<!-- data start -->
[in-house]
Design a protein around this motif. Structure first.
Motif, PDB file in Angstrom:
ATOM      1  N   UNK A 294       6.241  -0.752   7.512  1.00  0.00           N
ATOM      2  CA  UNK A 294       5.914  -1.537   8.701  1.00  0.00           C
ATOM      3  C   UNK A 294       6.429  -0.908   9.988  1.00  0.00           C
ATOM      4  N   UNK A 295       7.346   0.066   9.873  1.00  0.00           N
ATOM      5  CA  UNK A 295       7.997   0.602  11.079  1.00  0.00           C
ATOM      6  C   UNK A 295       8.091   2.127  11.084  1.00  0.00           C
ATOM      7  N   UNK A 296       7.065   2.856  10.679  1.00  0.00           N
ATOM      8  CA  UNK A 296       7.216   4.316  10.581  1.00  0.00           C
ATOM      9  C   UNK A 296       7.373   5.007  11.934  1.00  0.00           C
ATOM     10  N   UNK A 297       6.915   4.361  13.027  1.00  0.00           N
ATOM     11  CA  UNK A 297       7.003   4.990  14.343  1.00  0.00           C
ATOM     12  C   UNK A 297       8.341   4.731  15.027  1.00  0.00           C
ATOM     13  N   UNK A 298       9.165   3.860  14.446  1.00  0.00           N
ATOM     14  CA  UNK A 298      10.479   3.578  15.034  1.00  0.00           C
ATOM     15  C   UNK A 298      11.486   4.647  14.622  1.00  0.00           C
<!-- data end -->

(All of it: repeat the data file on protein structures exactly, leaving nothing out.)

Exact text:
[in-house]
Design a protein around this motif. Structure first.
Motif, PDB file in Angstrom:
ATOM      1  N   UNK A 294       6.241  -0.752   7.512  1.00  0.00           N
ATOM      2  CA  UNK A 294       5.914  -1.537   8.701  1.00  0.00           C
ATOM      3  C   UNK A 294       6.429  -0.908   9.988  1.00  0.00           C
ATOM      4  N   UNK A 295       7.346   0.066   9.873  1.00  0.00           N
ATOM      5  CA  UNK A 295       7.997   0.602  11.079  1.00  0.00           C
ATOM      6  C   UNK A 295       8.091   2.127  11.084  1.00  0.00           C
ATOM      7  N   UNK A 296       7.065   2.856  10.679  1.00  0.00           N
ATOM      8  CA  UNK A 296       7.216   4.316  10.581  1.00  0.00           C
ATOM      9  C   UNK A 296       7.373   5.007  11.934  1.00  0.00           C
ATOM     10  N   UNK A 297       6.915   4.361  13.027  1.00  0.00           N
ATOM     11  CA  UNK A 297       7.003   4.990  14.343  1.00  0.00           C
ATOM     12  C   UNK A 297       8.341   4.731  15.027  1.00  0.00           C
ATOM     13  N   UNK A 298       9.165   3.860  14.446  1.00  0.00           N
ATOM     14  CA  UNK A 298      10.479   3.578  15.034  1.00  0.00           C
ATOM     15  C   UNK A 298      11.486   4.647  14.622  1.00  0.00           C